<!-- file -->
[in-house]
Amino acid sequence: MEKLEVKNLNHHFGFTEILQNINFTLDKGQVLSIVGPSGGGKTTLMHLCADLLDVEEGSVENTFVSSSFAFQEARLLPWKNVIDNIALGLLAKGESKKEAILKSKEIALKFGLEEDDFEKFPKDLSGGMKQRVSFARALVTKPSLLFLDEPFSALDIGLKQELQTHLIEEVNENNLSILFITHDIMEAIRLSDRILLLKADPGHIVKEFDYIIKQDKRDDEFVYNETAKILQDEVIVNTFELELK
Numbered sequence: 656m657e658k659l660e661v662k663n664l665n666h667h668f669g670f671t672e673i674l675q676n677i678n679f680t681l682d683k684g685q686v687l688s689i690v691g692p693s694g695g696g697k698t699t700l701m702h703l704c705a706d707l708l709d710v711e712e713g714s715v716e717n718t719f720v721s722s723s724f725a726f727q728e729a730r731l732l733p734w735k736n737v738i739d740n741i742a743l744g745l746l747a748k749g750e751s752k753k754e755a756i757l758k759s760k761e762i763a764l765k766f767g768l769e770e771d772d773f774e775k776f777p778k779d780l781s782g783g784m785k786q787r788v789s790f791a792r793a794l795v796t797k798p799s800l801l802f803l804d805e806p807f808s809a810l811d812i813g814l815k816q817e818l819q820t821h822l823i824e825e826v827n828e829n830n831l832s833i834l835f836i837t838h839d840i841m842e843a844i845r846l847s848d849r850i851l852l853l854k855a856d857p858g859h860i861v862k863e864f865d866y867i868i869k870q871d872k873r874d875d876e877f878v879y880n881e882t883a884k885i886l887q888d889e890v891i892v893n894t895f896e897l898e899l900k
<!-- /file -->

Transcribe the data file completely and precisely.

[in-house]
Amino acid sequence: MEKLEVKNLNHHFGFTEILQNINFTLDKGQVLSIVGPSGGGKTTLMHLCADLLDVEEGSVENTFVSSSFAFQEARLLPWKNVIDNIALGLLAKGESKKEAILKSKEIALKFGLEEDDFEKFPKDLSGGMKQRVSFARALVTKPSLLFLDEPFSALDIGLKQELQTHLIEEVNENNLSILFITHDIMEAIRLSDRILLLKADPGHIVKEFDYIIKQDKRDDEFVYNETAKILQDEVIVNTFELELK
Numbered sequence: 656m657e658k659l660e661v662k663n664l665n666h667h668f669g670f671t672e673i674l675q676n677i678n679f680t681l682d683k684g685q686v687l688s689i690v691g692p693s694g695g696g697k698t699t700l701m702h703l704c705a706d707l708l709d710v711e712e713g714s715v716e717n718t719f720v721s722s723s724f725a726f727q728e729a730r731l732l733p734w735k736n737v738i739d740n741i742a743l744g745l746l747a748k749g750e751s752k753k754e755a756i757l758k759s760k761e762i763a764l765k766f767g768l769e770e771d772d773f774e775k776f777p778k779d780l781s782g783g784m785k786q787r788v789s790f791a792r793a794l795v796t797k798p799s800l801l802f803l804d805e806p807f808s809a810l811d812i813g814l815k816q817e818l819q820t821h822l823i824e825e826v827n828e829n830n831l832s833i834l835f836i837t838h839d840i841m842e843a844i845r846l847s848d849r850i851l852l853l854k855a856d857p858g859h860i861v862k863e864f865d866y867i868i869k870q871d872k873r874d875d876e877f878v879y880n881e882t883a884k885i886l887q888d889e890v891i892v893n894t895f896e897l898e899l900k